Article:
Giorgio Armani with models at the end of the show. Image Credit: AP

In a week normally reserved for men’s fashion, the June edition of Milan Fashion Week closed Monday with a melange of men’s and women’s previews for next spring and summer.

President of the Italian national fashion chamber, Carlo Capasa, said the shift is a response to “the challenges posed by the globalised and fluid dimensions of fashion,” adding that the arrival of women’s collections reflects “Milan’s central importance in the fashion week world.”

Anchoring the 64 collections shown over four days was Milan calendar first-timer Stella McCartney and Finnish label Aalto for women and Armani, Fendi and No. 21 for men.

Some highlights:



Some menswear brands gently pushed the gender envelop this season. There were short-shorts, of the kind worn by the protagonist in the Oscar-winning Italian film Call Me by Your Name, ruffled shirts (even in Gucci’s absence) and jewelled necklaces.

Not so Giorgio Armani.

He anchored the collection in the timeless, masculine double-breasted jacket — but his was no stuffy affair. More formal versions had wide-notched lapels in fabrics, while washed-out linen numbers had a softness that suggested an evening seaside stroll, while sportier iterations came in printed silk.

Armani said he aimed to democratise the formal wardrobe staple, making it “wearable, and accessible to everyone.”

Trousers were mostly wide-legged and always cuffed. Shorts fell loosely to the knee.

While Armani showed what may have been the only tie on Milan runways this season — and just one — he also sent well-toned models down the runway bare-chested beneath the jackets.

Many of the looks were finished with a gaucho-style hat that matched the ruggedness of a pair of jacketless looks with weathered leather vests over black T-shirts. Denim was light blue and soft in pleated trousers with matching cropped jackets or collarless shirts.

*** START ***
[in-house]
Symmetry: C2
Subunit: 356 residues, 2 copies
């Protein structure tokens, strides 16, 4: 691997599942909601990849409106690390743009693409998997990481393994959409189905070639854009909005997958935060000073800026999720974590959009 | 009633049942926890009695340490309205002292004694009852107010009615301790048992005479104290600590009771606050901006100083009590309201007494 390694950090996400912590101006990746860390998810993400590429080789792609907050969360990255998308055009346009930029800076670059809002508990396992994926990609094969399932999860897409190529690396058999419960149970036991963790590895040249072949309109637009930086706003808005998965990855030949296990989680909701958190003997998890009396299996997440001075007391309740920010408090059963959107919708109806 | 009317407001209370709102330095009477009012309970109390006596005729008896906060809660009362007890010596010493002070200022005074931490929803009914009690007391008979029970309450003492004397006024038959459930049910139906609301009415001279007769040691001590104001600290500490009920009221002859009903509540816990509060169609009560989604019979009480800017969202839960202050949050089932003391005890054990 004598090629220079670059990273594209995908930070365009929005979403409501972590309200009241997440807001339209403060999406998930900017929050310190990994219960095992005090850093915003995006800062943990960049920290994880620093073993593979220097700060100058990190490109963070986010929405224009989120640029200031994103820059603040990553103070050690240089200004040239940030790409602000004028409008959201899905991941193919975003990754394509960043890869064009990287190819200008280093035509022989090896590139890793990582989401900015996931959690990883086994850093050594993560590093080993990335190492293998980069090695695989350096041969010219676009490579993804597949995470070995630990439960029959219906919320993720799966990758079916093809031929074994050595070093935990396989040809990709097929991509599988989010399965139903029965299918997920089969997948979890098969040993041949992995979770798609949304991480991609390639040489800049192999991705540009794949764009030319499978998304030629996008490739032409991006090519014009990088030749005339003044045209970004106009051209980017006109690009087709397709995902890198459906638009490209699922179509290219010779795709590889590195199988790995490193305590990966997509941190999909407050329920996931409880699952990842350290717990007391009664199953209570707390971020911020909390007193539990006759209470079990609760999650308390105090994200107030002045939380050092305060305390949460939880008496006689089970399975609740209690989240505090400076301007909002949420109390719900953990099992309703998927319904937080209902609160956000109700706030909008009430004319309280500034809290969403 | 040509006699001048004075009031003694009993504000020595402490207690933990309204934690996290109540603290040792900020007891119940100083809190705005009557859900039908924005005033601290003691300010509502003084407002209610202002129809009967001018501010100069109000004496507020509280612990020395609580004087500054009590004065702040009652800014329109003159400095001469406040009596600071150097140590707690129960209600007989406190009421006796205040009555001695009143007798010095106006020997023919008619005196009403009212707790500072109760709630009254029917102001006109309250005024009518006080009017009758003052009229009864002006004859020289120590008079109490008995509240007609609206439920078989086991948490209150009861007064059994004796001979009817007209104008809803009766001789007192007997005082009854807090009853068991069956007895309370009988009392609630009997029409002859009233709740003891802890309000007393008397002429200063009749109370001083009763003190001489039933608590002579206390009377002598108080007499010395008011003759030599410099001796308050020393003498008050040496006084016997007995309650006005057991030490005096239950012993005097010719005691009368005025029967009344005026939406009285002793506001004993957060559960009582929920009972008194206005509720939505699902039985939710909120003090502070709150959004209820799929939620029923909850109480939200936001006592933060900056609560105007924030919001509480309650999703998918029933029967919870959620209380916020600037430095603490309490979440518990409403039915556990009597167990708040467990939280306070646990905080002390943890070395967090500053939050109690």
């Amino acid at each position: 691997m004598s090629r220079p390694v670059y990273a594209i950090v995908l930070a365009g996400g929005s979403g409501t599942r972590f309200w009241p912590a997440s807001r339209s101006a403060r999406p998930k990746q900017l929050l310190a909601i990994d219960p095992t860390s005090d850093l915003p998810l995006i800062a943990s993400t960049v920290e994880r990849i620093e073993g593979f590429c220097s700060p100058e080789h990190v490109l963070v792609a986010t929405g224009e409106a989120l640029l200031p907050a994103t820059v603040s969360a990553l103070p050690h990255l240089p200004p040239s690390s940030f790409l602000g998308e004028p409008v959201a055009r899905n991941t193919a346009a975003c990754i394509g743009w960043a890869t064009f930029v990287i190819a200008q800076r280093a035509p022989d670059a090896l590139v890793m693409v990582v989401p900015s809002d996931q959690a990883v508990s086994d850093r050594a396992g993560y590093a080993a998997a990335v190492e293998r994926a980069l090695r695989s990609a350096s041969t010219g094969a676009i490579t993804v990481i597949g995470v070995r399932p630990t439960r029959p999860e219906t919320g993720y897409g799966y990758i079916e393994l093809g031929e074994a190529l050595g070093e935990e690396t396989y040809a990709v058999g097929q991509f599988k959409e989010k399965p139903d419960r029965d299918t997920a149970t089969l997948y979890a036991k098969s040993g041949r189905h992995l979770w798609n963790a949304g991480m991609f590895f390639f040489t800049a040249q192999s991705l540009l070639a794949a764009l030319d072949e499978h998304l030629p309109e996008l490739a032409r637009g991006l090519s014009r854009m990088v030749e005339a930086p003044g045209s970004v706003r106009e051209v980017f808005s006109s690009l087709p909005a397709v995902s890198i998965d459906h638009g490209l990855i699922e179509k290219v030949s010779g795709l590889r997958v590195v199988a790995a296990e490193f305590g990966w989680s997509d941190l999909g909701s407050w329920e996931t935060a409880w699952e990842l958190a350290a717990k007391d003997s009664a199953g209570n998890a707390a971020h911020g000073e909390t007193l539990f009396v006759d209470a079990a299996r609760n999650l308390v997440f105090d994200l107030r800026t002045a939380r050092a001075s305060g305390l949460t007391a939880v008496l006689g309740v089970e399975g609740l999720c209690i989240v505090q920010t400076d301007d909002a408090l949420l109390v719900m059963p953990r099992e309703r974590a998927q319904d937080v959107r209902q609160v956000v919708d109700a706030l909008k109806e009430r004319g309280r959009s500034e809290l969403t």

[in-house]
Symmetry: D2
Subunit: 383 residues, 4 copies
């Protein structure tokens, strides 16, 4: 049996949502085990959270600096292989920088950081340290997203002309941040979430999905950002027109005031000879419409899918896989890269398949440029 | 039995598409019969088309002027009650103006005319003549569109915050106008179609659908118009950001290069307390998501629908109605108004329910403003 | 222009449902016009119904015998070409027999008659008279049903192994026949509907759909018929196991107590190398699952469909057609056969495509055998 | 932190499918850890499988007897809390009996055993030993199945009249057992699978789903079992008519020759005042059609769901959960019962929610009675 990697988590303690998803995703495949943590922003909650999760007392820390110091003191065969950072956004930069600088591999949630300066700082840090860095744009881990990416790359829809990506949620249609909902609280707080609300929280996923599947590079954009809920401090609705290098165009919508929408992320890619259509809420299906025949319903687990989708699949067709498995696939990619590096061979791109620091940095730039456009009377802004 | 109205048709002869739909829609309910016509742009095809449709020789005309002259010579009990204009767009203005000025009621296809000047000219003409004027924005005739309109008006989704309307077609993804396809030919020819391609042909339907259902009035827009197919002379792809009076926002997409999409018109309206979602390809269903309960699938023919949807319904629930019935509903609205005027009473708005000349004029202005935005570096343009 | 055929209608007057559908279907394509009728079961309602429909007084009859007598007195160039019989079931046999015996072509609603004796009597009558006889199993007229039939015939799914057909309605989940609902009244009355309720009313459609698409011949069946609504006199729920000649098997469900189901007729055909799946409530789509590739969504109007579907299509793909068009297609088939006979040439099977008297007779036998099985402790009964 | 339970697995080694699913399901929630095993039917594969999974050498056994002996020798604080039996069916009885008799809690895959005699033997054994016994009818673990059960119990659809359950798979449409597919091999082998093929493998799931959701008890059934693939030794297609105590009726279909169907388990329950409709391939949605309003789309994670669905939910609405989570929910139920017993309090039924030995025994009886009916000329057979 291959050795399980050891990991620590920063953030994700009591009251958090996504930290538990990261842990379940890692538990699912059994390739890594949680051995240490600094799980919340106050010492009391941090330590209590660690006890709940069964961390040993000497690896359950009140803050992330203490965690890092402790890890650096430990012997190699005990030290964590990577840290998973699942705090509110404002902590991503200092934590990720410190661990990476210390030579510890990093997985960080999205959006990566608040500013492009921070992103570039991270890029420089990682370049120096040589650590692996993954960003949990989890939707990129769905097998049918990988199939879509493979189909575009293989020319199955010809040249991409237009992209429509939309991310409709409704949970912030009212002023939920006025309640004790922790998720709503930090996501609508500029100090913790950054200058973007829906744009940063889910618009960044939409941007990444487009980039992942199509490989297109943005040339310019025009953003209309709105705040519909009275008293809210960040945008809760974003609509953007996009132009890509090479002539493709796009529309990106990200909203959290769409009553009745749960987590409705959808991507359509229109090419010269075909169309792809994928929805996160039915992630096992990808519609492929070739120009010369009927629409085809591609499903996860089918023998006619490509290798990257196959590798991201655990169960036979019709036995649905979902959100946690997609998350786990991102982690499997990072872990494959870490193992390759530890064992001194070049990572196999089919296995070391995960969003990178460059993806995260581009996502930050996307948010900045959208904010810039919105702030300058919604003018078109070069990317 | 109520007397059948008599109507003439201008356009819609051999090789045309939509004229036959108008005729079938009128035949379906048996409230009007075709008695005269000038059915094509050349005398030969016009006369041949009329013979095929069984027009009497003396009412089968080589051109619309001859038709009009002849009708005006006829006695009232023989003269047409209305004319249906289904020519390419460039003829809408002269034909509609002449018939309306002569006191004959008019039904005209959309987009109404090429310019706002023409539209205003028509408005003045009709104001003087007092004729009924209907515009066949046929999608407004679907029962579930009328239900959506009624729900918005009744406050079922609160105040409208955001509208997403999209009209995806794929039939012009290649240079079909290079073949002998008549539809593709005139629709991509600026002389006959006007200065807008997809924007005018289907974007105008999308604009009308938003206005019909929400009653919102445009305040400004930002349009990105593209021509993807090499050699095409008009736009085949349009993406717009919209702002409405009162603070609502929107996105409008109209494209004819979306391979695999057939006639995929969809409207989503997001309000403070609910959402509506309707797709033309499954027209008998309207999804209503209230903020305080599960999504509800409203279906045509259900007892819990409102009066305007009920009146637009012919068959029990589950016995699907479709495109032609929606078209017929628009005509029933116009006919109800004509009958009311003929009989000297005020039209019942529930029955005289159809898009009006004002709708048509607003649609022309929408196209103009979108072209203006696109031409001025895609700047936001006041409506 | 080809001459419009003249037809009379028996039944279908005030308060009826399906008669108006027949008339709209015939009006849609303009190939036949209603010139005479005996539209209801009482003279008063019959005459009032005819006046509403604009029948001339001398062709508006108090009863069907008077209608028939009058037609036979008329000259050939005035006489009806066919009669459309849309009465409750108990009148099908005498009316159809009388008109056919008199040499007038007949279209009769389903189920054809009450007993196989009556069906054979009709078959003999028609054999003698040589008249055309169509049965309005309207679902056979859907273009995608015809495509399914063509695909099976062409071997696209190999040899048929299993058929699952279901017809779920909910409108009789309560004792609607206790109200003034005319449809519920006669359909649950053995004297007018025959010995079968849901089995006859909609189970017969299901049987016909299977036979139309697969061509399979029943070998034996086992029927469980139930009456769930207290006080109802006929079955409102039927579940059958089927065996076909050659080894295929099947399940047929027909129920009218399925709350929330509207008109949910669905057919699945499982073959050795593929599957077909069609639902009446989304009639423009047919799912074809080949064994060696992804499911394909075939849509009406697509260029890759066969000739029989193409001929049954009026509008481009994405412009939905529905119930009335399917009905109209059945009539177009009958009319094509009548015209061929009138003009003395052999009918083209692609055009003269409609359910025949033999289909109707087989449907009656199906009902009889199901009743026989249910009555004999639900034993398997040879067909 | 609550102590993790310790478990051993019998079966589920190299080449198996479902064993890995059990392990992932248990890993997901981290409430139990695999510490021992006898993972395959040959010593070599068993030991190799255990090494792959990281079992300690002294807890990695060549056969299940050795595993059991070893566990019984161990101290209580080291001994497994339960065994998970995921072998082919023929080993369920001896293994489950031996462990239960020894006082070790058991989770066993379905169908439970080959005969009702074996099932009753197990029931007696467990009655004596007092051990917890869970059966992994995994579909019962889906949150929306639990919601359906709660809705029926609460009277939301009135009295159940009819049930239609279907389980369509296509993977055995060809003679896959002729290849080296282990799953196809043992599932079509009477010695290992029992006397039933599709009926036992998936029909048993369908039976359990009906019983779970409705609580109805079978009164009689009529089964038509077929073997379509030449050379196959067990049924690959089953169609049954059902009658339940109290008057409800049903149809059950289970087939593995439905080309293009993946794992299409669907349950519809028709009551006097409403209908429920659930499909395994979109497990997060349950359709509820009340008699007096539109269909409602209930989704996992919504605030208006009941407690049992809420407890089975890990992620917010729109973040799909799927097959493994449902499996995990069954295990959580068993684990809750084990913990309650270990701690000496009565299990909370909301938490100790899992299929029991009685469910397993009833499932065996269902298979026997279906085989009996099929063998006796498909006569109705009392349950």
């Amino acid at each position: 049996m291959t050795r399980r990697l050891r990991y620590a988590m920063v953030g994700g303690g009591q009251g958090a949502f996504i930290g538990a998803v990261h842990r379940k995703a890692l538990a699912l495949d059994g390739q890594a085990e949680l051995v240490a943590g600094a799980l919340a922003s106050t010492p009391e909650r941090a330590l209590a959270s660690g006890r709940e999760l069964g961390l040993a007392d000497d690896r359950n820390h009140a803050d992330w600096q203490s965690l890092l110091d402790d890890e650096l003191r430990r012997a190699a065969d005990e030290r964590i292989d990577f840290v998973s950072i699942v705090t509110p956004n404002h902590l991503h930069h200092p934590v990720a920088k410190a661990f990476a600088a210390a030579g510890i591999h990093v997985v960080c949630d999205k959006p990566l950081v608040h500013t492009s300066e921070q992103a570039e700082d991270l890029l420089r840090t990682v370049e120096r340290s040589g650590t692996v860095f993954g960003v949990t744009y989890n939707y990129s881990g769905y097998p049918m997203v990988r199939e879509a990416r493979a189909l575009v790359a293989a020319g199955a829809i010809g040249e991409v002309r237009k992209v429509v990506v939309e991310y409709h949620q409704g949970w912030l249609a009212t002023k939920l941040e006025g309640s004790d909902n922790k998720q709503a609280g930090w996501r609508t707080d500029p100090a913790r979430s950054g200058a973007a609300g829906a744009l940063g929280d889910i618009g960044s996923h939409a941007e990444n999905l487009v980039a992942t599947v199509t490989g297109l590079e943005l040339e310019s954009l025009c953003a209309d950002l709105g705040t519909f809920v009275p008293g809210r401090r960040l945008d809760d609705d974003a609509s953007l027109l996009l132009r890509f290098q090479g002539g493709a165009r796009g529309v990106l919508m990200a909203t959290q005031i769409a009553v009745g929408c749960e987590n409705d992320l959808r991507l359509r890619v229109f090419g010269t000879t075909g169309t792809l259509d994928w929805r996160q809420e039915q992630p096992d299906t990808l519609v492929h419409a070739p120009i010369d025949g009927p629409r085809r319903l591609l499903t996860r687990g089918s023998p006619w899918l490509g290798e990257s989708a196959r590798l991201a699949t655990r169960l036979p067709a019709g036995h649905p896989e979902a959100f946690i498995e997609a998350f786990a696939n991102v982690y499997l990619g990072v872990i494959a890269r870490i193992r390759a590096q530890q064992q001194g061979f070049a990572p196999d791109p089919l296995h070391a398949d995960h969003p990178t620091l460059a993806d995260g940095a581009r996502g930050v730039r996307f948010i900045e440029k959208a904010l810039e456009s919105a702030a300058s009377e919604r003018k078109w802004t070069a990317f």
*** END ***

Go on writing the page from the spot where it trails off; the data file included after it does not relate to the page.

“It is very difficult to talk about the future of male elegance, especially if I see my things near others completely different and totally far from this type of elegance,” Armani said back stage.

With fashion living a moment of logo-mania, Armani also brought back a gently curved version of the GA logo from the archives. The 83-year-old designer closed the show with a plain dark T-shirt with the Giorgio signature overtop “Gorgeous” in block letters, reminiscent of a 1982 Time Magazine cover “Giorgio’s Gorgeous Style.”

“Everyone calls me Mr. Armani. But at my age it is better to show familiarity. So, call me Giorgio.”



Fendi took an elegant deep-dive into wardrobe staples this season, with a playful twist on anagrams.

Silvia Venturini Fendi collaborated with Italian artist Nico Vascellari on motifs for this collection that also indulged in anagram play with Roma-Amor, Fendi-Fiend as prints and graphic T-shirt elements.

To illustrate intrinsic duality, Vascellari created patterns out of FF-tongued snakes, clawed frogs and horned demons. The colour palate was dark with undertones of fiendish red, or the classic Fendi brown-and-gold combo.

Mesh suit jackets gave an edge to polo shirts and straight trousers with sporty striped detailing down the sides. Leather anoraks were perforated, worn over the double-F-logo knitwear. Suit jackets were paired with short-shorts styled from the trousers. But there were also knee-length skorts — a mix of shorts with a skirt — for anyone looking for a kilt alternative, worn with a paper-thin transparent shirt with diagonal stripes.

The looks were finished with rain hats, oblong rimless sunglasses, sling-back moccasins or running sandals and a variety of accessories, including flat passport holders and the trademark Fendi Peek-a-boo bag.

“I like to work with things that seem different,” Venturini Fendi said. “The differences need to find a point of conjunction.”



Alessandro Dell’Acqua has had it with street wear. His looks for N.21 revived the suit jacket — not as strictly formal wear, but as something more relaxed.